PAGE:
Friday, January 15, 2016

Failing better

For those who don't instantly recognise this forearm, it belongs to Stan Wawrinka. The tattoo reads: Ever tried. Ever failed. No matter. Try Again. Fail again. Fail better. It's a quote from Samuel Beckett.

It's an interesting quote to have for a sportsperson because most people would expect something about winning or being the best. This is about perseverance. It's about hard work and determination to be the best that you can be despite the disappointments that come your way.

Tennis is a solitary sport and the nature of the competitive side of the game is that most players lose most of the tournaments in which they play. Losing is a familiar feeling in tennis for all but the very best. I've been told that Feliciano Lopez was once asked how he dealt with losing. His reply was simple: It happens every week.

Of course this doesn't make losing easier to take, you don't have to like losing in order to be able to deal with it and learn from it. The easy option is either to give up or simply choose only to play people you can beat. But that gets boring.

Stan Wawrinka recognises that he is not a Federer, Nadal or Djokovic, men of exceptional ability, but he's still a Grand Slam champion twice over. I'm not sure he'd have done that had he not been able to embrace the philosophy of trying again and "failing better" as he did so.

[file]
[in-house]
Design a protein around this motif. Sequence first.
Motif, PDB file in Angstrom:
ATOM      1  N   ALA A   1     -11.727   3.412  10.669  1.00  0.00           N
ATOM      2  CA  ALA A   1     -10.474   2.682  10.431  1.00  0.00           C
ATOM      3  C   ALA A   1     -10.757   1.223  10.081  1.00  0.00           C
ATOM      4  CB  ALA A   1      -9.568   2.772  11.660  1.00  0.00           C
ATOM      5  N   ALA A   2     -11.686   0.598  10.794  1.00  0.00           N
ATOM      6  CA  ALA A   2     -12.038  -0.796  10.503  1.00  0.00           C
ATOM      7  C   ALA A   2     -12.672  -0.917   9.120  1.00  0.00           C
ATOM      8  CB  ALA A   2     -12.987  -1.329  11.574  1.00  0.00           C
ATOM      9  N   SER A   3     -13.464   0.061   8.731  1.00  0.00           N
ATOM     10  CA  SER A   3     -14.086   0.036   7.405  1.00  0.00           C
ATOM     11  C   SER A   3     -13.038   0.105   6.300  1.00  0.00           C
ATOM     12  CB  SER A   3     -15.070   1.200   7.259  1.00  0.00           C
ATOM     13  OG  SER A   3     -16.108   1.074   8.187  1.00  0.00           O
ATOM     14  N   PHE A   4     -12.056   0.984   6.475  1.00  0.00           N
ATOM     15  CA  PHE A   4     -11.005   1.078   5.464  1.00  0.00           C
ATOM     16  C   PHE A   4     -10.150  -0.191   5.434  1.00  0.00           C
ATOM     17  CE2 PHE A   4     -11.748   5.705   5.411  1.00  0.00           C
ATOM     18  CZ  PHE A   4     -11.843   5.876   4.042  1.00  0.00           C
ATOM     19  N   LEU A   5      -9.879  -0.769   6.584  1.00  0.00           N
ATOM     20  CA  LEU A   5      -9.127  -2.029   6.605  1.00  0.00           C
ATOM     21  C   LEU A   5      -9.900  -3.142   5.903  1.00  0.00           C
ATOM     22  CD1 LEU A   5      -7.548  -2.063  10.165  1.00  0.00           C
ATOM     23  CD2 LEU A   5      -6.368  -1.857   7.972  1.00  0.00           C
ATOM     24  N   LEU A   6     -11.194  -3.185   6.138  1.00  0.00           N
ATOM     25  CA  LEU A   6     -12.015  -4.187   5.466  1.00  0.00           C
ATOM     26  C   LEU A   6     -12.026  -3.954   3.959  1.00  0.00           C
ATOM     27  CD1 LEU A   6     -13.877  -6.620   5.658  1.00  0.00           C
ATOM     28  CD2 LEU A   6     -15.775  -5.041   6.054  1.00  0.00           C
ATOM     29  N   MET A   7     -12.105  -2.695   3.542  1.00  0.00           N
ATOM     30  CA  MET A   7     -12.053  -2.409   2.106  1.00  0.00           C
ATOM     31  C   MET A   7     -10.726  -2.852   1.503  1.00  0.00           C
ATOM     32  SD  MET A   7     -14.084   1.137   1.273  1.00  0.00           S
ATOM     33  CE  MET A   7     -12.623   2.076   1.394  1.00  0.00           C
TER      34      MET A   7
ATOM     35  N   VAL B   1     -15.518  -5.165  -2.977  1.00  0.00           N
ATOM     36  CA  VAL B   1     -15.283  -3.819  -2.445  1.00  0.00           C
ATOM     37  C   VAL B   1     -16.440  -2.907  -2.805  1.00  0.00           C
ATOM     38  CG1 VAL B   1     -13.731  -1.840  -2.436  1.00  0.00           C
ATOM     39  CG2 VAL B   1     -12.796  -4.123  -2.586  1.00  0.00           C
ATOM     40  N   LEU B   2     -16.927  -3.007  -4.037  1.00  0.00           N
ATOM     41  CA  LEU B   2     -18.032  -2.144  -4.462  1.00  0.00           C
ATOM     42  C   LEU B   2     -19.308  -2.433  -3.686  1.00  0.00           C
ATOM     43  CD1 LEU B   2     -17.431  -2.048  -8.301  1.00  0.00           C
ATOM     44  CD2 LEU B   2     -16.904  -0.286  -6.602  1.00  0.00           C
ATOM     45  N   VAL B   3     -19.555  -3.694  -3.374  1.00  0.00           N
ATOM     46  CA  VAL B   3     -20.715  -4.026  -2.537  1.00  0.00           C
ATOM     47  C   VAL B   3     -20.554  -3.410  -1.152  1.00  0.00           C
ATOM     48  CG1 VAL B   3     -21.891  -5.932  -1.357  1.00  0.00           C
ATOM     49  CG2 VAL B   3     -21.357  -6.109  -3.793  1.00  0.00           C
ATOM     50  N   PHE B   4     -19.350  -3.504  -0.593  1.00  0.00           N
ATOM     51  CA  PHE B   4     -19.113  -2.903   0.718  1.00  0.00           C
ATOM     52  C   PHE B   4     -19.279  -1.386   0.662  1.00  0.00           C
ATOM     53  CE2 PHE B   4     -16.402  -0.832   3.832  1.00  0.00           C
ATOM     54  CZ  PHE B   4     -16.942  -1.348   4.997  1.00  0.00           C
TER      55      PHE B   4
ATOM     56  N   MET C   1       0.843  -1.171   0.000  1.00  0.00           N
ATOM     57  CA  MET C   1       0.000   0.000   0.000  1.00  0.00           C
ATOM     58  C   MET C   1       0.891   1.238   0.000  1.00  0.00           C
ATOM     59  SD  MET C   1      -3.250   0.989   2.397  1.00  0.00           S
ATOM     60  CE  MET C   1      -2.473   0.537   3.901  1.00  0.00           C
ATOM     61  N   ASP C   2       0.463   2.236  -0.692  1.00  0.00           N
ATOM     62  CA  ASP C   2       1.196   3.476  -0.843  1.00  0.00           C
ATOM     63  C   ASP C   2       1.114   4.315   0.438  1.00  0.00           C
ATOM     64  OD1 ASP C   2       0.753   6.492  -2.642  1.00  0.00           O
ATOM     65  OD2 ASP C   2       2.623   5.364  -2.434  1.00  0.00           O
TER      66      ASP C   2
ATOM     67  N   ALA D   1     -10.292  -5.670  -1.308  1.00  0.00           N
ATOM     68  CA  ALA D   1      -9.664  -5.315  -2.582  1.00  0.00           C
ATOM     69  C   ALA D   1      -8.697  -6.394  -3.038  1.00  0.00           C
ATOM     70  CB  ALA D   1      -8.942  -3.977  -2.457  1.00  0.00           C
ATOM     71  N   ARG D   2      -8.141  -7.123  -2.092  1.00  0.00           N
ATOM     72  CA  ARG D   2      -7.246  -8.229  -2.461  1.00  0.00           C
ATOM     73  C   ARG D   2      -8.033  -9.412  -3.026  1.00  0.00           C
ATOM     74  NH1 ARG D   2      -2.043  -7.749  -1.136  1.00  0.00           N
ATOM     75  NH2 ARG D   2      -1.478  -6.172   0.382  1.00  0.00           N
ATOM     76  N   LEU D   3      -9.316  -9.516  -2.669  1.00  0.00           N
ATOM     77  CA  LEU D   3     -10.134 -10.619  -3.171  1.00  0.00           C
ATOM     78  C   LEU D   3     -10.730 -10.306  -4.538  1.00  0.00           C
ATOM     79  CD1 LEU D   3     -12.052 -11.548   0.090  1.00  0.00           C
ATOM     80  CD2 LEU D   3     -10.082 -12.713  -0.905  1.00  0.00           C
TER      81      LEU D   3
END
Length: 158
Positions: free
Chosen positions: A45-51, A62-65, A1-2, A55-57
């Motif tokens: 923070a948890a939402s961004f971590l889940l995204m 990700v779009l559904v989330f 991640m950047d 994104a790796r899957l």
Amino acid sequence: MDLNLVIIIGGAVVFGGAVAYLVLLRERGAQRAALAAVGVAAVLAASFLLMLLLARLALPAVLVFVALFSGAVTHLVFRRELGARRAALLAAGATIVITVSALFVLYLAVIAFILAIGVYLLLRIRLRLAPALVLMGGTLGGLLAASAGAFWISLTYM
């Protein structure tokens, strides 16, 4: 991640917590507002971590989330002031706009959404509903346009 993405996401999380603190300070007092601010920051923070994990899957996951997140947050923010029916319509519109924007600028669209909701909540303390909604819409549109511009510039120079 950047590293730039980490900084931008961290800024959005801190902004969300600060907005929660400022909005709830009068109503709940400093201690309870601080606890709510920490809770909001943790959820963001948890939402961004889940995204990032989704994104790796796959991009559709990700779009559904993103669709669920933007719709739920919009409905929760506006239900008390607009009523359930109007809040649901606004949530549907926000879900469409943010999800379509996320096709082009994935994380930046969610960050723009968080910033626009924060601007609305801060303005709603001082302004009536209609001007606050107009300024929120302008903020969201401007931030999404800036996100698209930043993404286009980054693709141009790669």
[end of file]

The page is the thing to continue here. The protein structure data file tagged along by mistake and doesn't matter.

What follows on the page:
I recognise that I am very fortunate to get the opportunity to practice my tennis as much as I do. I'm also lucky that while I sometimes find the practice frustrating because I'm not succeeding at what I'm trying to do, I never get bored by the repetition of what we do. I truly enjoy the drills. I know that these drills will help me fail better and hopefully one day actually hit my goal and win more often. I remind myself of these things when I lose, which is more often than not, and I get up and go again. I did that because I'm not ready to settle for where I am currently.

I could get all philosophical now and point out that there are lessons for life in there. We give up too easily when things get hard. Gym memberships lie unused, fitness equipment gather dust in the cupboard, books are left unread, diets are unaltered, goals remain distant unattainable dreams. From a Christian perspective, discipleship remains dormant, prayer is half-hearted. The list goes on.

Beckett's words serve as a reminder that every day is a new opportunity to make a better attempt at whatever it is for which we are reaching. Whether it's a more reliable backhand, a better, healthier diet or a more consistent prayer life. It's just a matter of making  a disciplined choice to try again even if that means inevitable failure again. The only difference is that you fail better because you try harder.

I've done my 100-day 10k steps challenge a few times now. Sometimes I've started, but failed. No matter. I've started again. When I've started again and gone on to succeed, it's been a great feeling. The trick always was to think not in terms of 100 days but 2, then 3 then 5, then 10 then 20 consecutive days, each day becoming a victory in itself. If I missed day, I could look back and see what I'd achieved and then look forward to having another go.

So set yourself a goal. Make it achievable then keep trying, keep failing, but keep trying.

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